NORTH East leaders have called on the Chancellor to address the growing unemployment situation and extend furlough, ahead of Wednesday's Budget.

Stockton North MP Alex Cunningham has called on the Chancellor to urgently address the 'dire situation' of growing unemployment in his constituency.

Newly released claimant figures from the House of Commons Library shows that there are now 4,510 people claiming unemployment related benefits in Stockton North – an increase of 1,465 compared to the same period in 2020.

This amounts to 7.9 per cent of 16 to 64 year olds in the constituency – 1.5 per cent higher than the UK equivalent claimant rate.

Of these 975 are aged 18 to 24 – a rise of 340 on January 2020.

There are also 5,303 people in Stockton North currently furloughed from their employment.

The Coronavirus Job Retention Scheme (furlough) is set to expire in April although an extension is expected.

Mr Cunningham said: “The soaring unemployment figures – on top of 12,500 jobs lost in the Tees Valley during this pandemic – is a dire situation that the Chancellor needs to urgently address. Too many people are losing jobs as a result of the Government’s mistakes and too many young people are losing out on employment and training opportunities.

“We need a plan now from the Chancellor, not promises of a plan next week. People need certainty – they need to know that furlough will be extended and Universal Credit will not be cut. We also need to see a real plan to get our younger people into work.

“People can’t afford to wait for the Chancellor to get his act together. They need emergency action today, not more dither and delay until the Budget.”

On whether the furlough scheme should be extended, Jessie Joe Jacobs, Labour Candidate for Tees Valley Mayor, said: "Of course. Many businesses have been devastated by a traumatic year and the people they employ remain in a very precarious place.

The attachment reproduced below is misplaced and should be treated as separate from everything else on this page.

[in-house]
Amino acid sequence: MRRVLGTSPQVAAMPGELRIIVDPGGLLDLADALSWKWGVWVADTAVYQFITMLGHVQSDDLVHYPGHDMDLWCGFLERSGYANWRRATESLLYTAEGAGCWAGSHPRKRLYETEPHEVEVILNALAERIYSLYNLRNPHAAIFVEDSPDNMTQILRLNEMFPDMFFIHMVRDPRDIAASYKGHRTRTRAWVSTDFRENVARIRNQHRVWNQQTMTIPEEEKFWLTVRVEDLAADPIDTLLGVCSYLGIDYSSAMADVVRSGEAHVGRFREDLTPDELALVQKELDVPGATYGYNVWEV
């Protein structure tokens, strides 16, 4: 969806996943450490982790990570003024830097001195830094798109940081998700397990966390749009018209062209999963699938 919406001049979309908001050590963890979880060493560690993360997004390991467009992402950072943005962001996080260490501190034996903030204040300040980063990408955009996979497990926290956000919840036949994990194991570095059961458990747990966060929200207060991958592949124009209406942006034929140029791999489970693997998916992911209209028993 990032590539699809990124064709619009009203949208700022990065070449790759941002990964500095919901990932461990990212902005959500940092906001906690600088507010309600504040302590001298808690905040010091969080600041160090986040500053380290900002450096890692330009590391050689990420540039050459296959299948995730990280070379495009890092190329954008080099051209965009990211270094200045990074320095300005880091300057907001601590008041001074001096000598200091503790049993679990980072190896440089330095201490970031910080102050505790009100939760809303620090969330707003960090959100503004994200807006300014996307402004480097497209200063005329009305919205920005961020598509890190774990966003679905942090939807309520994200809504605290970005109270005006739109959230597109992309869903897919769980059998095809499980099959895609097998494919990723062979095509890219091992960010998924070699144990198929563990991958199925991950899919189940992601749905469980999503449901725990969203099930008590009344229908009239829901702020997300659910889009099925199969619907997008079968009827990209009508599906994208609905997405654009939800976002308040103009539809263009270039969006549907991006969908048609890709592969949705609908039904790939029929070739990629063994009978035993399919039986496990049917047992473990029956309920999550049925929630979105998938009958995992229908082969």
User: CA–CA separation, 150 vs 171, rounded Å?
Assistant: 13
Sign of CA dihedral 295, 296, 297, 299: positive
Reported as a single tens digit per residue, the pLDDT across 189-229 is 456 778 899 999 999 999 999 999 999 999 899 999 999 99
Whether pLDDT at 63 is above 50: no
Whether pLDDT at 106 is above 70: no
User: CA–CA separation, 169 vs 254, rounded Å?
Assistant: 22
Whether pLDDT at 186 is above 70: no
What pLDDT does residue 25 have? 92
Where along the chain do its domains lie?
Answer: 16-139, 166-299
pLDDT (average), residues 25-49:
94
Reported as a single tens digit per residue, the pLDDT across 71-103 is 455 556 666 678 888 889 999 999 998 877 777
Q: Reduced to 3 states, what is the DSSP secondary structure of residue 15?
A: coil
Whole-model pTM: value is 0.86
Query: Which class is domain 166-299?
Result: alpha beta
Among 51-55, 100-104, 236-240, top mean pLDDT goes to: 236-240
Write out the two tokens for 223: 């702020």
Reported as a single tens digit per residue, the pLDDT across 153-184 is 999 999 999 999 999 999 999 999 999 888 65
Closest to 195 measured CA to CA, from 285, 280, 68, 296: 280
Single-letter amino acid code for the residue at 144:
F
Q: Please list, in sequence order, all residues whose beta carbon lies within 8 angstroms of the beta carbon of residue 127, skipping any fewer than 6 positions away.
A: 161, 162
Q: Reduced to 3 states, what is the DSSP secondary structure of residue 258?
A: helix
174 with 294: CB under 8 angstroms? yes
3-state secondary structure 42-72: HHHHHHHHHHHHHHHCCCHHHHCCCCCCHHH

"Many Tees firms, large and small, will suffer an economic long Covid and they will need all the help they can to battle back. Key to that will be supporting the staff who have been furloughed while firms readjust and reopen.

"We can't afford to risk the future of firms by pulling the rug from under them now.

"After a decade of Tory austerity and cuts, the Tees was already among the worst areas in the country for unemployment but the Covid crisis has really pushed that to crisis levels. So many firms closed down and laid off staff and others cut back to the bare minimum to get through lockdowns.

"During lockdown unemployment in Middlesbrough soared to 10.1 per cent, the fifth highest in the country. In Redcar and Cleveland it was 7.6 per cent. In Hartlepool 7.5 per cent. Stockton 7.2 per cent. Those figures show how hard this has hit the area. And behind the statistics there are real people, struggling to survive in extraordinary times.

"This area has historically had high levels of youth unemployment but the Covid crisis exacerbated the situation. So many young people work in the hospitality sector, in pubs and restaurants, and those businesses were hit first and hit hardest. Our young people took the brunt of it.